How can I troubleshoot reverse DNS issues with Route 53 rules and outbound endpoints?

5 minute read

I have a virtual private cloud (VPC) with an on-premises DNS server. I set up Amazon Route 53 Resolver reverse rules and outbound endpoints to resolve the reverse DNS queries from this server. However, they don't work as intended.


Identify the expected and actual DNS responses

Use dig or nslookup to perform queries directly to the IP address of your on-premises DNS server. These tools try to resolve the correct record name.

To perform a reverse DNS resolution with dig, use the -x parameter. When you use this parameter, dig automatically adds the name, class, and type arguments. Refer to the QUESTION SECTION to check that dig automatically queried the correct name, class, and record type.

For example, you want to resolve the IP address with the following values:

Class: IN
Record type: PTR

In this example, the command dig -x returns the following output:

; <<>> DiG 9.11.4-P2-RedHat-9.11.4-9.P2.amzn2.0.2 <<>> -x;; global options: +cmd
;; Got answer:
;; ->>HEADER<<- opcode: QUERY, status: NOERROR, id: 58812
;; flags: qr rd ra; QUERY: 1, ANSWER: 1, AUTHORITY: 0, ADDITIONAL: 1

; EDNS: version: 0, flags:; udp: 4096
;    IN    PTR


For nslookup, the command nslookup returns the following output:   name =

Note: An unexpected response code might not indicate an issue with the rule or endpoint configuration:

  • NXDOMAIN might be an unexpected but valid DNS response. This response indicates that the queried server doesn't contain the requested record.
  • SERVFAIL indicates that there's a timeout or other issue on the path of the query. This response requires further investigation.
  • An unexpected answer in the ANSWER SECTION might indicate that you used a different rule.

Determine if the query arrives at the VPC DNS resolver

For a query to match a rule on a VPC, the query must arrive at the VPC DNS resolver. Check the VPC settings to confirm that you activated DNS Support.
To check the resolver IP address, refer to the server fields in dig or nslookup:





Note: For VPCs, the VPC DNS is the VPC CIDR plus two. In these examples, the IP address for a VPC is

Find the most specific rule that's being matched

When the query arrives at the VPC DNS resolver, it must match a rule on that VPC. When rules are evaluated, the most specific rule is matched. To find this rule, complete the following steps:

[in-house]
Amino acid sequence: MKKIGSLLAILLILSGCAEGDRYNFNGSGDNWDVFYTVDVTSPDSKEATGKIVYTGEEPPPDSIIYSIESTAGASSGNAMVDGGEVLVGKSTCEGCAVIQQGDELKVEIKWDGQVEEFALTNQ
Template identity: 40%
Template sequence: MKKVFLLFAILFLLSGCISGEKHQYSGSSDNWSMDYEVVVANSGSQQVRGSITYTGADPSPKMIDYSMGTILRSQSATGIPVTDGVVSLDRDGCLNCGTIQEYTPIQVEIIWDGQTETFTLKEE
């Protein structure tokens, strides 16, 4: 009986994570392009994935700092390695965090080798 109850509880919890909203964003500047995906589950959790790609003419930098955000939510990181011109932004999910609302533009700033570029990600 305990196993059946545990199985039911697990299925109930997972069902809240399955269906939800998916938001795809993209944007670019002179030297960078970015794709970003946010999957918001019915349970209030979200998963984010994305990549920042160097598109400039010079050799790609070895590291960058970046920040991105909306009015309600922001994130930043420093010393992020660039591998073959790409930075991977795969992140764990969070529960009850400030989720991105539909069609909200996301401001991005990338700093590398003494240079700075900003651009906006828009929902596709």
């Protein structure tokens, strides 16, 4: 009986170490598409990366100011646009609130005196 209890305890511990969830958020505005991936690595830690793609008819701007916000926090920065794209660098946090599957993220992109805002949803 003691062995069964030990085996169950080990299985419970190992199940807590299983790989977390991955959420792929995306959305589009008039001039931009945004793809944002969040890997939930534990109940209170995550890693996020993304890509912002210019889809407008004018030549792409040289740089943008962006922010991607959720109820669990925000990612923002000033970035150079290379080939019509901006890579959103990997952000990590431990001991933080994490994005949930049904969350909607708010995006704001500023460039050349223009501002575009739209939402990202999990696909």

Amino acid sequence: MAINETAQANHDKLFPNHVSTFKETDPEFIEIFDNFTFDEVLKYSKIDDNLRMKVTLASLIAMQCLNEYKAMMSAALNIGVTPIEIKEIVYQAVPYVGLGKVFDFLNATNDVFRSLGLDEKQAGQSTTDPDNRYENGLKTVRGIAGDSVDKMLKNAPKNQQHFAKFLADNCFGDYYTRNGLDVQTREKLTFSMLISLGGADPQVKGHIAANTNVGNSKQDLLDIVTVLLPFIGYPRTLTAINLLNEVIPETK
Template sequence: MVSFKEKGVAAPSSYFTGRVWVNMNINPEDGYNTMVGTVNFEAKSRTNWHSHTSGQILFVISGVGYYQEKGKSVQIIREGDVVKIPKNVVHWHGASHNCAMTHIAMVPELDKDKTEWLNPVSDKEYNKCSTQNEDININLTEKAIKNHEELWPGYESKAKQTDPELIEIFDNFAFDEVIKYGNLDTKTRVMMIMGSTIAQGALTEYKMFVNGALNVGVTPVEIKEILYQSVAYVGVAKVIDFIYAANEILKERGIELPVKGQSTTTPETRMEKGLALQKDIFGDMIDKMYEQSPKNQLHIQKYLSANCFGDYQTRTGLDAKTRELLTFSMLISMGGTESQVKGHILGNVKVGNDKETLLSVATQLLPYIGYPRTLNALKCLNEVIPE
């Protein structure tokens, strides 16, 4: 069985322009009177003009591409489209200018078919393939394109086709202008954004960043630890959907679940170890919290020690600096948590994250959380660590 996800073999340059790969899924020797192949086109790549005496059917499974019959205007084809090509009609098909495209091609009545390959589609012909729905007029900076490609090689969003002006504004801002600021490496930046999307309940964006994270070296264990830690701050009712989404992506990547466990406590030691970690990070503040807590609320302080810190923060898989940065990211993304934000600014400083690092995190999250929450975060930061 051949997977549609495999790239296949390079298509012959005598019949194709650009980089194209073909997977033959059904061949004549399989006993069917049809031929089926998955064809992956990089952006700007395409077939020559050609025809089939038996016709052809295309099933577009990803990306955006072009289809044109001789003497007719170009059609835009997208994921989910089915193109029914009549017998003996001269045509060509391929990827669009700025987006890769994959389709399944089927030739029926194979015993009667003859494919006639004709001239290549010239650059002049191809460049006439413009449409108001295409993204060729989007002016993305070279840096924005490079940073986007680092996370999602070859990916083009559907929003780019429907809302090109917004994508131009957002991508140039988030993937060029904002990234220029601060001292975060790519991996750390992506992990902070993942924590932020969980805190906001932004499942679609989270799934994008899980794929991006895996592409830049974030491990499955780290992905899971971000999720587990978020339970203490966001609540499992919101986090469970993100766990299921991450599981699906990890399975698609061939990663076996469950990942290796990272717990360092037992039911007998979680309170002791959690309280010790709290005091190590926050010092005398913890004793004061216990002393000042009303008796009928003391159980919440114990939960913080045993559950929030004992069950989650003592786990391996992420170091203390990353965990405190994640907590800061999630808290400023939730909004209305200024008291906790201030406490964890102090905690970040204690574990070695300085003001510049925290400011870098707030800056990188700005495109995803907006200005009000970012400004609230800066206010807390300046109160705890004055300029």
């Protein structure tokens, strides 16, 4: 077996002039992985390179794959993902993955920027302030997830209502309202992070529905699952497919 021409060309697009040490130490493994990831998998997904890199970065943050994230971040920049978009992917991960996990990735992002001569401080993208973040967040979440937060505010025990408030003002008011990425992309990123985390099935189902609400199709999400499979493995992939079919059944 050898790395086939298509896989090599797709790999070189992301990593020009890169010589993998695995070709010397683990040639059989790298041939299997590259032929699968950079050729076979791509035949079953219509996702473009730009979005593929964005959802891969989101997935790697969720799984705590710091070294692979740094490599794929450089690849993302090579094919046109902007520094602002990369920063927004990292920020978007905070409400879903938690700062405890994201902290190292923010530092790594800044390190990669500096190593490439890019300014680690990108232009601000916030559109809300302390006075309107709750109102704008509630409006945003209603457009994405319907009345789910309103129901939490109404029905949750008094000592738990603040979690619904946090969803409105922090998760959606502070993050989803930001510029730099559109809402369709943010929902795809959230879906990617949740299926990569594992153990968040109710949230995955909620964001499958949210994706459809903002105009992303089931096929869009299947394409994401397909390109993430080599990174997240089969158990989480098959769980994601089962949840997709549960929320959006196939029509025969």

1. Identify any autodefined rules on the VPC and connected VPCs. For peered VPCs or VPCs that connect through a transit gateway (with DNS support), note all rules for the reverse resolution of each connected CIDR.
    Note: The resolver creates these autodefined rules when DNS Hostnames is set to true. If you want to override an autodefined rule, then create a conditional forwarding rule for the same domain name. You can also deactivate the autodefined rules.
  2. If you turned on DNSSupport and DNSHostnames, then note any private hosted zones that are associated to the VPC.
    Note: If the resolver forwarder rule and private hosted zone are overlapping, then the resolver rule takes precedence. In this case, the query forwards to the on-premises server.
  3. To determine which rule is selected and where the query goes, compare your list of rules and associated private hosted zones against the query.

Troubleshoot your outbound endpoints

To troubleshoot your outbound endpoints, confirm the following configurations:

  • Your outbound endpoints must send the query to the target IP addresses that the rule specifies. Make sure that the resolver rule has the correct IP of the on-premises DNS server.
  • The outbound endpoints' security group must allow outbound TCP and UDP traffic to the IP addresses and ports of the on-premises DNS server.
  • The access control lists (ACLs) must allow TCP and UDP traffic to the IP addresses and ports of the on-premises DNS server. The ACLs must also allow traffic to the ephemeral ports (1024-65535).
  • The outbound endpoints' subnet route table must have a route for the on-premises server's IP addresses to the VPN or AWS Direct Connect connection.

For more information and troubleshooting steps, see How do I troubleshoot DNS resolution issues with Route 53 Resolver endpoints?

Check if the outbound endpoints can send the query over the connection specified in its route table

Verify that the VPN or Direct Connect connection allows communication. To do this, run a dig or nslookup command directly to the IP address of the on-premises DNS resolver. To further troubleshoot connection issues, send a ping to an on-premises host that allows internet control message protocol (ICMP).

Note: You must perform this test from an EC2 instance that's in the same subnet as the outbound endpoints.

AWS OFFICIALUpdated 7 months ago